Saturday, October 08, 2005
Nothing SO interesting here... Money Stuff
There isn't that much exciting going on. I spent Shabbos hiding out on my own in my father's house, which is too far from any minyan to attend services. I still fully kept shabbos, davened (prayed), and did everything I was supposed to, sans the mitzvah of hearing the weekly Torah reading.
I wish I lived closer to a shul that way I can enjoy a peaceful shabbos like the one I just had, but including the minyan and the shul experience. My dad is still talking about building closets in my room, even though I told him that I plan on moving out soon. He's in denial, just as he usually is when I do something that is against his wishes.
Other than reorganizing my bookshelf by topic, (i.e. Nigleh, Halacha, Chassidus, Tanya; Law books by course topic; Secular books by books on persuasion, investing, grammar and proper writing, "feel good" books by Rabbi Twerski, M.D., and previous journals), I spent a considerable time today reading Pavel Tsatsouline's book called "Power to the People," a book on the strength training techniques the Russian atheletes use when training for the olympics. I've been very impressed by his books and his style of writing lately, and I've found his advice to work very well when it comes to getting results in stretching and exercise.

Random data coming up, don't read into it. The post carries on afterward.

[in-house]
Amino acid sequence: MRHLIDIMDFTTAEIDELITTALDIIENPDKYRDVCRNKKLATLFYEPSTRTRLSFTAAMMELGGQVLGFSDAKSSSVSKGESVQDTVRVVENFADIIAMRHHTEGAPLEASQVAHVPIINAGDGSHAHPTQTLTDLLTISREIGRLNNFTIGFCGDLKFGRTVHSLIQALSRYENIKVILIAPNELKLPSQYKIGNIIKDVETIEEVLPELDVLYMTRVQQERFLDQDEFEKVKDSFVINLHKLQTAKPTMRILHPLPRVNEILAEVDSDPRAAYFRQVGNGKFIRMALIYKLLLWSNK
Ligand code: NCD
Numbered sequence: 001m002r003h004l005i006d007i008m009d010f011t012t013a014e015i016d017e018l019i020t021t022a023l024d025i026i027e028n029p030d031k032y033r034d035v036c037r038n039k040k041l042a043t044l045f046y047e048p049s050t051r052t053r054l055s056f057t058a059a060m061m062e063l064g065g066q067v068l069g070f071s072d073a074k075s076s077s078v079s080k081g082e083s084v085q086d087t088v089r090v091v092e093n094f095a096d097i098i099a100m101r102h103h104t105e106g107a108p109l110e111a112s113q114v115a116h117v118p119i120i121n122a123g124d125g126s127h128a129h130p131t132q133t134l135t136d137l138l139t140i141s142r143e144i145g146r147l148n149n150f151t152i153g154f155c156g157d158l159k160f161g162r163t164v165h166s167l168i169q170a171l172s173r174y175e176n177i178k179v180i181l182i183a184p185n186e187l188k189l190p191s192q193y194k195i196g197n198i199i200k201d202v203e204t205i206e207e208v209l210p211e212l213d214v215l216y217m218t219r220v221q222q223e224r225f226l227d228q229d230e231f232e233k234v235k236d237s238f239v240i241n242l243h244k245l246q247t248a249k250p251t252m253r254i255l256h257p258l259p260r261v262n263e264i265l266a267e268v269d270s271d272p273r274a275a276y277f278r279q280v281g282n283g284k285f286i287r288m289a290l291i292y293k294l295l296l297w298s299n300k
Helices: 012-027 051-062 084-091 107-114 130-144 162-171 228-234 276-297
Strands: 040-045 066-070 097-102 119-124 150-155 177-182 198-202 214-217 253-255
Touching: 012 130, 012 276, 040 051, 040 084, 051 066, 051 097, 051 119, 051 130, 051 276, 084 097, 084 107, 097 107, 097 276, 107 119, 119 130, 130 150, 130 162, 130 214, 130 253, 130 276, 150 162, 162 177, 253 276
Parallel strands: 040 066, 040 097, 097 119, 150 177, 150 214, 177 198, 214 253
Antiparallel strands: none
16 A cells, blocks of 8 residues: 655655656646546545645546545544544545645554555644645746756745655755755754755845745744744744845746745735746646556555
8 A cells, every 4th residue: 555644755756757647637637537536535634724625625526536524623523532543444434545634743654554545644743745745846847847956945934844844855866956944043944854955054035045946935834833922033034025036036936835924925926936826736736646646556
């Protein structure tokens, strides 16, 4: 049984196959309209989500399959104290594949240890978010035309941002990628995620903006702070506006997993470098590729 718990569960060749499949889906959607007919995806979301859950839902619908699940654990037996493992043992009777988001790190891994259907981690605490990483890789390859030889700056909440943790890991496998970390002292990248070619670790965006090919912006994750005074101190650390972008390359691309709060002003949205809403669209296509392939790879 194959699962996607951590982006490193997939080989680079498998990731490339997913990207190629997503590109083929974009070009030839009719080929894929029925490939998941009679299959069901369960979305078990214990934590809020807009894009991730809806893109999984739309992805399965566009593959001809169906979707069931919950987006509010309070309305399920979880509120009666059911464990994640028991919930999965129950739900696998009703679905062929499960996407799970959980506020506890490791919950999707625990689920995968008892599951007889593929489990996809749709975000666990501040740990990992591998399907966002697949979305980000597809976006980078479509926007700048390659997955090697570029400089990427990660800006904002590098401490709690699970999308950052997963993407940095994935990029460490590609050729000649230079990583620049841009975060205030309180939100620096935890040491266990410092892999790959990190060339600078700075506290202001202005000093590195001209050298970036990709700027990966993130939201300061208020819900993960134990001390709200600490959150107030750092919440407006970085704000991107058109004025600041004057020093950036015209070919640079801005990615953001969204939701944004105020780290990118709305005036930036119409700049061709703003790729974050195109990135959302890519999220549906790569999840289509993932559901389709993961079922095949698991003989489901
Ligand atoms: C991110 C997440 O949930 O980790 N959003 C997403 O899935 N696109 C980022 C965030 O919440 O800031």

Otherwise, everything seems okay. I found out early Friday morning that my massive amount of private loan debt's interest rate has been inching up these past few months from 4% to almost 7%. That's a big jump, and I don't think it is going back down any time soon. So, I am thinking of taking all of my investment account Roth IRA money that I saved during college and taking a disbursement to pay down the school private loans. I checked on the IRS website, and this use of my Roth IRA funds would avoid the 10% penalty that the IRS imposes on early withdrawal of Roth IRA funds.
I feel that using my funds to pay the school loan guarantees me a 7% interest (that I will not be incurring), and this is a better deal than playing with the money in this crazy market and risk losing even more of it like I did a few months ago.